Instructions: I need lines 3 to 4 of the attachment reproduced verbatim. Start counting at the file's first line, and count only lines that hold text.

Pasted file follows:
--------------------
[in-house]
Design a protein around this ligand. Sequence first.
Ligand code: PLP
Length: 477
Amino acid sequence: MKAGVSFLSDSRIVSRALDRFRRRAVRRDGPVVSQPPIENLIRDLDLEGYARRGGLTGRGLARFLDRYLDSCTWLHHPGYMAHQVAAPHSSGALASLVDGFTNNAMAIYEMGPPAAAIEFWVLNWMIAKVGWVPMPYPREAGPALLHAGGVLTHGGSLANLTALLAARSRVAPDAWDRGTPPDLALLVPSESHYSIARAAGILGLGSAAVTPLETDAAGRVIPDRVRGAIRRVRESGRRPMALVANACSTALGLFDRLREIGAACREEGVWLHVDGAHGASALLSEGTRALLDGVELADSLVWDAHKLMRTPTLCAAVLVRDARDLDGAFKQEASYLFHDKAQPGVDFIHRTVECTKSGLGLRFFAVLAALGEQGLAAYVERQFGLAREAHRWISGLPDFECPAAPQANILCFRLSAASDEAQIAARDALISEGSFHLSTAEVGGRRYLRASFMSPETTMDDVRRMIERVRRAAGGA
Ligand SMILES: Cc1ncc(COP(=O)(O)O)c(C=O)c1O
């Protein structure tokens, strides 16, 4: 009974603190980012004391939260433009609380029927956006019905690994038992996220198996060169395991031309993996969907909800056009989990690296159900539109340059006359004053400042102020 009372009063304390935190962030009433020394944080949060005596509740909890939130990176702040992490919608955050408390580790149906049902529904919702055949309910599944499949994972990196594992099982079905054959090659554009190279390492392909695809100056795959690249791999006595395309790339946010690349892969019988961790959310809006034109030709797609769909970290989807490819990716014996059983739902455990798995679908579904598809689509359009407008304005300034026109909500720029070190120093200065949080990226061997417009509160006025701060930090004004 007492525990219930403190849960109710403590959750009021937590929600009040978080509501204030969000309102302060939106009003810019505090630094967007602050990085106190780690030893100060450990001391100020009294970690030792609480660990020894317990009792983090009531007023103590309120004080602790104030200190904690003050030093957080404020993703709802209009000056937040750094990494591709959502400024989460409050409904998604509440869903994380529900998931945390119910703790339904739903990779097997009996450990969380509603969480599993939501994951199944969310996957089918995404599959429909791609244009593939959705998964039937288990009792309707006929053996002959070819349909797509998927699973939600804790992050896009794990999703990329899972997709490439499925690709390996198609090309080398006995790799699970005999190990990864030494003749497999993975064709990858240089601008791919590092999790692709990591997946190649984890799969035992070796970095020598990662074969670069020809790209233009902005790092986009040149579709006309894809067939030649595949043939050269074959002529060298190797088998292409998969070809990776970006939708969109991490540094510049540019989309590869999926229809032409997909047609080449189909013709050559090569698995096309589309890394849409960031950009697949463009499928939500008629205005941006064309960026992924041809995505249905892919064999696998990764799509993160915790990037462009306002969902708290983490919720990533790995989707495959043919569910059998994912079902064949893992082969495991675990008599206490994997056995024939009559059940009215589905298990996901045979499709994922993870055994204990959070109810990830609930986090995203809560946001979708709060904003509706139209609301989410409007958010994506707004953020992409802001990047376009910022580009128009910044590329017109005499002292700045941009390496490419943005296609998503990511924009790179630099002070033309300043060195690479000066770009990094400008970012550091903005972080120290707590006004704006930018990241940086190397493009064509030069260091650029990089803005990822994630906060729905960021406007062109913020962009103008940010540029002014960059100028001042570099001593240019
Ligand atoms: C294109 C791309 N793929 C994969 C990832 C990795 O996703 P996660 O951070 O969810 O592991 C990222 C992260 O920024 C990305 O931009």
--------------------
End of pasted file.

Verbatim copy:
Ligand code: PLP
Length: 477